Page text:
I recently had a season of mourning, and each time I opened my front door it seemed there was something waiting for me. There was a mocha, a croissant, flowers, chocolate, a note saying, “You are loved”—even a homemade tabbouleh salad!

Each treasure was a reminder: “We’re here for you—when you’re ready.” 

This helped in the healing journey more than the physical solitude. I don’t really want to mourn alone. My body wants to be solo, but not my spirit. My spirit was being loved and prayed for as my body was huddled on the floor. I could feel it. And it made all the difference. 

As believers, we’re encouraged, “A friend loves at all times, and a brother is born for a time of adversity” (Proverbs 17:17, NIV).

What does this sort of love look like? We can’t simply hold our affection in our hearts, expecting others to sense it. Practically loving a friend at all times requires learning to catapult affection over a wall. We must consider: How do my friends feel cherished by me? How do they grieve? What makes them feel seen?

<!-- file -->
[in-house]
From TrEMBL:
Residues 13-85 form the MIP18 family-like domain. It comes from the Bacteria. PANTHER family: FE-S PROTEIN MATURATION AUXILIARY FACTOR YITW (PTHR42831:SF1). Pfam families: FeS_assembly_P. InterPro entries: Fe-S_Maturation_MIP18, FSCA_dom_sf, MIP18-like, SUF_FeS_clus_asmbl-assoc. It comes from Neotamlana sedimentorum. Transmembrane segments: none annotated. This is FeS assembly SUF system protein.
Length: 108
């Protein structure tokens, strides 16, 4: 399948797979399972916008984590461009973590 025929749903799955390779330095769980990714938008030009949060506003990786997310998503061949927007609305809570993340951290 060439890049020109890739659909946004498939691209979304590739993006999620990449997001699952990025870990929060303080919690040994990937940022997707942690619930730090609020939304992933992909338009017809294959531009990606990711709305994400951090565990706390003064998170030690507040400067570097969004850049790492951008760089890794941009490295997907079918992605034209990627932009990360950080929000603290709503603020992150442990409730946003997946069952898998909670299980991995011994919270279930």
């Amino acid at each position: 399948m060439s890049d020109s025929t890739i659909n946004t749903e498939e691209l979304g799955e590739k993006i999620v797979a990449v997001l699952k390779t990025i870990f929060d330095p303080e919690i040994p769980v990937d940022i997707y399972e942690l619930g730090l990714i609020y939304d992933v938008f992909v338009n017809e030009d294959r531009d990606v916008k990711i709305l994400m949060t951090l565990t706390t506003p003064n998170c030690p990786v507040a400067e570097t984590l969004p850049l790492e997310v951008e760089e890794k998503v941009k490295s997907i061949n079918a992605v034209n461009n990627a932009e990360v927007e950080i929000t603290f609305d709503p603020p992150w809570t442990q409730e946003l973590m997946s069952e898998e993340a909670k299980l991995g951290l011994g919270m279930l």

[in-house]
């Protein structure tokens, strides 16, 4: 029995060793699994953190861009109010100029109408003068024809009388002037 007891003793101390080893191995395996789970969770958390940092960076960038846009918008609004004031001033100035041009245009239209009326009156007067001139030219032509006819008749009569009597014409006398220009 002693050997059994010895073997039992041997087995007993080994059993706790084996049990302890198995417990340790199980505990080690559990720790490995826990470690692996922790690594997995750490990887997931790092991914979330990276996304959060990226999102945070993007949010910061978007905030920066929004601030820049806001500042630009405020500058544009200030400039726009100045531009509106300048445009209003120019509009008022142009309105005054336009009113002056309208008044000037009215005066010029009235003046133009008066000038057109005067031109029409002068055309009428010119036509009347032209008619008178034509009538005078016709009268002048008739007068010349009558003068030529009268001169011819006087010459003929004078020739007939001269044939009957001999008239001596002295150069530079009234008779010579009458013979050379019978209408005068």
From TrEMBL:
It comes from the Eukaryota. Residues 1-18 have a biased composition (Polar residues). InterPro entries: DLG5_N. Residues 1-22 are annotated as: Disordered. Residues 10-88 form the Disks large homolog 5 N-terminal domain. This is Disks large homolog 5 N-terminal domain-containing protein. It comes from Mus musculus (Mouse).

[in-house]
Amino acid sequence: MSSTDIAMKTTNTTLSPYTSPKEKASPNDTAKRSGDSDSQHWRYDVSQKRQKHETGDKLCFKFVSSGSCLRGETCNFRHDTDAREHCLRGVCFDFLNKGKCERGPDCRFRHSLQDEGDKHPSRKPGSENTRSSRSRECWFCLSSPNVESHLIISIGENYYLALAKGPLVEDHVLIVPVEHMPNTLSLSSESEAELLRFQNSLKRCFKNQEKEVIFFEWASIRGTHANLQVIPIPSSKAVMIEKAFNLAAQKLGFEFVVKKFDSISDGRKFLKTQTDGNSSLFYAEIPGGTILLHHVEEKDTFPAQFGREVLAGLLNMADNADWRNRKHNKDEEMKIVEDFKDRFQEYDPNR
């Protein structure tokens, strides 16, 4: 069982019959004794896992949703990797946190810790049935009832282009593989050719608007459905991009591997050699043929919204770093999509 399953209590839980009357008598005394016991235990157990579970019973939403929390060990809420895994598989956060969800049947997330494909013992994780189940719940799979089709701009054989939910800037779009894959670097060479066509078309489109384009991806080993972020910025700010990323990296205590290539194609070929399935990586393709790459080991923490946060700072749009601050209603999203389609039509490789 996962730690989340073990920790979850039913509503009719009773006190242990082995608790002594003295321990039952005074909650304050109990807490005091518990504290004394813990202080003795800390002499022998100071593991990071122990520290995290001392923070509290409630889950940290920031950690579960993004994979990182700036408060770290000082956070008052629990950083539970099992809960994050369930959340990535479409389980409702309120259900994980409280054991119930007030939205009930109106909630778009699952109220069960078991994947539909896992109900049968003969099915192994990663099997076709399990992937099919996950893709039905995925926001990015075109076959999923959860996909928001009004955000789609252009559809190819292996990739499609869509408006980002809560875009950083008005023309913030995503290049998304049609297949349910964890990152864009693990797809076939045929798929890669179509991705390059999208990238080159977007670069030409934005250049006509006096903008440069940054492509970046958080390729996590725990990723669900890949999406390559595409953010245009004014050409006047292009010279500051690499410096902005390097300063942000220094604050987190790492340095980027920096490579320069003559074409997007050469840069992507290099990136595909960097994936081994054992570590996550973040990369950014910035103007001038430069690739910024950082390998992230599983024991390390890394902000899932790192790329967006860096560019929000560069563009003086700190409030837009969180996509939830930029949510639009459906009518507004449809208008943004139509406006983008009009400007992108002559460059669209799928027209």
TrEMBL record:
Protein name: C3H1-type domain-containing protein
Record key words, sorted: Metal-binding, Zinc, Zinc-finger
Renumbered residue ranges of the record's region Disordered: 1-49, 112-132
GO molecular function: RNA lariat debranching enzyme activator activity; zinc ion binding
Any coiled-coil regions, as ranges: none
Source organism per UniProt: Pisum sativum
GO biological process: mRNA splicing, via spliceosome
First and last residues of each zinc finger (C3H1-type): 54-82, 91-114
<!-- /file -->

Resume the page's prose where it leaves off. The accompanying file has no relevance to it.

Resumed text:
As someone who has been on the receiving end of such sincere friendship, I’d like to share four practical ways to help you support a friend who’s having a brutal week.

 

ASK THEM WHAT THEY NEED, AND ACCEPT THE ANSWER

If they decline a hangout invitation, don’t push the subject. Find a way to love them outside the door—a thoughtful note, their favorite chocolate, cozy slippers. If you offer a coffee date and they say yes, jump in your car and hustle over there. Elijah affirmed his friendship with Elisha saying, “As the LORD lives, and as you yourself live, I will not leave you” (2 Kings 2:2). The point is to affirm they’re not alone.

 

TEXT THEM YOUR PRAYERS

I have a best friend who texts me prayers as though she is speaking them over me—complete with, “Dear Lord” and “Amen.” Sometimes a simple, “I’m thinking of you” is all we need. Other times we need a full prayer via text.The point is to affirm you care enough to bear their burdens and lift them to God (Galatians 6:2).

 

MAKE THEM LAUGH